• You might want to compare Medicare Advantage plans available where you live to see whether any other plan within your service area meets your needs more closely, or has lower costs.
  • Did you know that Original Medicare covers prescription drugs only in certain situations?
  • Medicare Part A and Part B don’t generally cover most of the medications you take at home. So, if your doctor prescribes medications for you, you might want to consider enrolling in a Medicare Part D Prescription Drug Plan. Alternatively, you may want to look into Medicare Part C (Medicare Advantage); you may be able to get your prescription coverage through a Medicare Advantage Prescription Drug plan (MA-PD).
  • Does your Medicare plan cover your prescriptions?
  • Remember that every Medicare plan that includes prescription drug coverage has a formulary listing the drugs it covers and what your costs are (such as copayments). A plan’s formulary may change at any time. You will receive notice from your plan when necessary.
  • Do you have frequent medical services or visits to the doctor?
  • If you do, you might want to consider enrolling in a Medicare Supplement (Medigap) plan. Doctor visits and medical services usually require copayments or coinsurance, not to mention deductibles; this is usually true whether you’re enrolled in Original Medicare or a Medicare Advantage plan.
  • Medigap plans are designed to help pay your Medicare Part A and Part B out-of-pocket costs (such as copayments and deductibles). Different Medigap plans cover different portions of these costs. You generally can’t enroll in both a Medicare Advantage plan and a Medicare Supplement plan. Read more about Medigap plans.

Suppose you do want to make some changes to your Medicare plans.

You can’t generally make changes anytime you’d like; you need to be aware of the enrollment and election periods for the various types of Medicare plans.

Two of the most popular and useful periods when you can make coverage changes are your Initial Enrollment Period (IEP) and the Annual Election Period, also known as Fall Open Enrollment for Medicare.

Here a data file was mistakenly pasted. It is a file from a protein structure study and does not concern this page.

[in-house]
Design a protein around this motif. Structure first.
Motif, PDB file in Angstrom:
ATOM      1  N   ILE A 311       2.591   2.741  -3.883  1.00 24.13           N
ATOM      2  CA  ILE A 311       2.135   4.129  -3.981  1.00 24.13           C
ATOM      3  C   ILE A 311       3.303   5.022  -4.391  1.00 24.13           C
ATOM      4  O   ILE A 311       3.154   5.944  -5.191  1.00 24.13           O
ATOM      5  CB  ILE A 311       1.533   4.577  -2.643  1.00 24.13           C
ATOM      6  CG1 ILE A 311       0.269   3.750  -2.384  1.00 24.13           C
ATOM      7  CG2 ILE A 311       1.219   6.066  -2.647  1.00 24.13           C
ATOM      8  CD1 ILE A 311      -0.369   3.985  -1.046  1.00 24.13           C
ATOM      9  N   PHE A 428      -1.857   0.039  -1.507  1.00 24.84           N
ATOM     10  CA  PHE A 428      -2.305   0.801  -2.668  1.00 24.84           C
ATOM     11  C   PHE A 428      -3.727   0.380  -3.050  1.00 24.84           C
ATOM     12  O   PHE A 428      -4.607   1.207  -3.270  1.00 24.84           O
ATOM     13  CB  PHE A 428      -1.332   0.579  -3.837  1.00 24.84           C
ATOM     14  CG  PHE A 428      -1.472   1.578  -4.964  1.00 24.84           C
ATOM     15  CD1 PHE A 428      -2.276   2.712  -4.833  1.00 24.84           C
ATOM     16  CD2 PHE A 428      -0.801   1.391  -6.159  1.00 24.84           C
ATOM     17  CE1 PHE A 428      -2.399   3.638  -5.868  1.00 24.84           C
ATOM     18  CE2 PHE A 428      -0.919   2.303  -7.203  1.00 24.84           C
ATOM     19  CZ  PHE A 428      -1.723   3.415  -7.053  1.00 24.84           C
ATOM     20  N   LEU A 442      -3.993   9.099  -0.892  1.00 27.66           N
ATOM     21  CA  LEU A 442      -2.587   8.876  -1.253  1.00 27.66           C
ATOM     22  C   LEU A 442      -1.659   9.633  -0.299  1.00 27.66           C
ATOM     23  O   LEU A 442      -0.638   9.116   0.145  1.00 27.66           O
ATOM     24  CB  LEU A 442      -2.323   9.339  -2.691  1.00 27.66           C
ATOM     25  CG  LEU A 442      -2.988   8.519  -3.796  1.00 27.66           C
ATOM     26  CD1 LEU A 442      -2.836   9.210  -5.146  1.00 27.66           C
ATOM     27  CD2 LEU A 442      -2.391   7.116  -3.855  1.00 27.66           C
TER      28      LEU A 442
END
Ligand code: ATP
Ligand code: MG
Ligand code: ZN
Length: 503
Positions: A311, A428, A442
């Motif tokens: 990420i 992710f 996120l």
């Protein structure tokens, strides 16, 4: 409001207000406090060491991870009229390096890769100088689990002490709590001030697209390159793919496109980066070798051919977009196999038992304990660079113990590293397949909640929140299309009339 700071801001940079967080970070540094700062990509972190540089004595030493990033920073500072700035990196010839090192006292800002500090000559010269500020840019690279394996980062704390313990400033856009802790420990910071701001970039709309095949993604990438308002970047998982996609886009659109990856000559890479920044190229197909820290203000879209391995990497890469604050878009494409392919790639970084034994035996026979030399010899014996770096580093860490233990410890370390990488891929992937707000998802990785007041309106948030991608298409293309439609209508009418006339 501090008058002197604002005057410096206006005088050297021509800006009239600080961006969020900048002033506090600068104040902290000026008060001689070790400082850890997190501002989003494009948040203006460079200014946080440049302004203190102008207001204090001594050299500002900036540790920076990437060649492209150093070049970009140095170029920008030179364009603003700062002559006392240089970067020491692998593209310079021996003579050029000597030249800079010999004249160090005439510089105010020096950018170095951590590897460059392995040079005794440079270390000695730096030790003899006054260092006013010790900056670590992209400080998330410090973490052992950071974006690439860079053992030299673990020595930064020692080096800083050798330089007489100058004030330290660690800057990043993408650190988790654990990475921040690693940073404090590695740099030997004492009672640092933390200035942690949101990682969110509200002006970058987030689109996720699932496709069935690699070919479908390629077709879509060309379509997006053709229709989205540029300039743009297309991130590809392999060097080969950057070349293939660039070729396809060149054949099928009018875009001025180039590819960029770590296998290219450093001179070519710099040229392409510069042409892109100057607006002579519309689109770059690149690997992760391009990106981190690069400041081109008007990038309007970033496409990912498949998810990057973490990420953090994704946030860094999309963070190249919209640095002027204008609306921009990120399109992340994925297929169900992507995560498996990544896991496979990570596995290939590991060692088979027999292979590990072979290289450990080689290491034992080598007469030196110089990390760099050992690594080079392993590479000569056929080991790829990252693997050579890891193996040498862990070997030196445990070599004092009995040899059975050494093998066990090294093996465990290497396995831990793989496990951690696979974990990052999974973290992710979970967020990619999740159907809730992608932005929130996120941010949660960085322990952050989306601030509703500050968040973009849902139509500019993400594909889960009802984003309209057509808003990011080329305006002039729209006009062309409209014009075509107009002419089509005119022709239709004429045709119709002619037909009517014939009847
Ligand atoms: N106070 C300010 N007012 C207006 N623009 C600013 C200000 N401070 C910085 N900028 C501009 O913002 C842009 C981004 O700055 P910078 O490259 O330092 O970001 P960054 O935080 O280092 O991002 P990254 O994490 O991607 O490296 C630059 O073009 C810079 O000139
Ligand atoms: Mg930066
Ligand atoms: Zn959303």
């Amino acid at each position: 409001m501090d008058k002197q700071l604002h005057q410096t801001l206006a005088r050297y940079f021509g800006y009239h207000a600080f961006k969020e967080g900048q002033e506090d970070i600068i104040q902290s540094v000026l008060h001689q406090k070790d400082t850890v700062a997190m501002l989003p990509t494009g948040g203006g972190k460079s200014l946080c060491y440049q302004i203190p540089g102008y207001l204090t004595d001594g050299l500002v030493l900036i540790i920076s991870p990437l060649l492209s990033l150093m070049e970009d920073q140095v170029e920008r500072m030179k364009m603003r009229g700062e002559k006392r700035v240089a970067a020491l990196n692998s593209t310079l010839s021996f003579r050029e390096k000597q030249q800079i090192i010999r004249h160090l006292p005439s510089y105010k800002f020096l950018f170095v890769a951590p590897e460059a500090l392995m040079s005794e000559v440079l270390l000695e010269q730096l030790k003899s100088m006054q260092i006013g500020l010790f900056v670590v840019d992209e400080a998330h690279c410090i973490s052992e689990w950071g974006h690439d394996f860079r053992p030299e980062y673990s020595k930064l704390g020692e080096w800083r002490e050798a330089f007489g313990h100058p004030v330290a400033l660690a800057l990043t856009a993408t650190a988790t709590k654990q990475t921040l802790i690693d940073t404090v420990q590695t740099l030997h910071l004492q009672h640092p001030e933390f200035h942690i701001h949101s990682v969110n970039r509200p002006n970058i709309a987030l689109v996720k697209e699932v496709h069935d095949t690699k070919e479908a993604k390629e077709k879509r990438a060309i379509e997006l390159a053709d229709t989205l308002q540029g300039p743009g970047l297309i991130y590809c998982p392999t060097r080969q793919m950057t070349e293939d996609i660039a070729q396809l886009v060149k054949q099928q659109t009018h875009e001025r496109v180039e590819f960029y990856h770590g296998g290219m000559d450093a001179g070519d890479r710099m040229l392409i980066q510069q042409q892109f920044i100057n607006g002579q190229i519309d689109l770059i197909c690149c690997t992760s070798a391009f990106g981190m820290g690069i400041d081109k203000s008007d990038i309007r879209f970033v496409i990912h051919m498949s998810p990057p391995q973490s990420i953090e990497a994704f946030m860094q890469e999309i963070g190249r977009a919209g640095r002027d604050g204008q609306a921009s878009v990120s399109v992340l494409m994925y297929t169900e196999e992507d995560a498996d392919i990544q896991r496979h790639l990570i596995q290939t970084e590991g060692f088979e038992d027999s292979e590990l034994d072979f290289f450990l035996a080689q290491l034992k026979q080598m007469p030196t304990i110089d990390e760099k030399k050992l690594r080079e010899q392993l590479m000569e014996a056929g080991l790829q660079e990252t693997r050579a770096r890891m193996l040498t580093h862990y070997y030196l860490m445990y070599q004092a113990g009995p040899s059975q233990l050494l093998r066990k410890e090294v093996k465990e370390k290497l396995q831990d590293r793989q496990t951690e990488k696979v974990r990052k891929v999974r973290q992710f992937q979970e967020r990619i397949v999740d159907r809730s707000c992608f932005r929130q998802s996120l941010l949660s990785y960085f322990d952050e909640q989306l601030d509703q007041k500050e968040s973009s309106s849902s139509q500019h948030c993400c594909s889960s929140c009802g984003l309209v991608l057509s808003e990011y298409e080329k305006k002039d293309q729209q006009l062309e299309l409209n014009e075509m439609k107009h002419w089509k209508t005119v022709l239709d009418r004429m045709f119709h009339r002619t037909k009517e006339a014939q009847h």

• Your Initial Enrollment Period (IEP) takes place when you’re first eligible for Medicare, typically a seven-month period that starts three months before you turn 65 or the 25th month of disability benefits. During that time, you can decide what type of Medicare plan to enroll in.
  • The Annual Election Period (October 15 through December 7) lets you:
    • Sign up for a Medicare Advantage plan.
    • Change from one Medicare Advantage plan to another.
    • Leave a Medicare Advantage plan and return to Original Medicare.
    • Sign up for a stand-alone Medicare Part D Prescription Drug Plan.
    • Change from one Medicare Prescription Drug Plan to another.
    • Drop your Medicare Prescription Drug Plan.

In some situations, often involving a change in or loss of coverage, you may qualify for a Special Election Period for enrolling in Medicare Advantage plans or Medicare Prescription Drug Plans.

If you want to drop your Medicare Advantage plan and return to Original Medicare, you can do so during the Medicare Advantage Disenrollment Period (January 1 through February 14 each year). You can also add a stand-alone Medicare Prescription Drug Plan during this time.

You can easily compare the Medicare plan options available in your area by entering your zip code where shown on this page.

This website and its contents are for informational purposes only. Nothing on the website should ever be used as a substitute for professional medical advice. You should always consult with your medical provider regarding diagnosis or treatment for a health condition, including decisions about the correct medication for your condition, as well as prior to undertaking any specific exercise or dietary routine.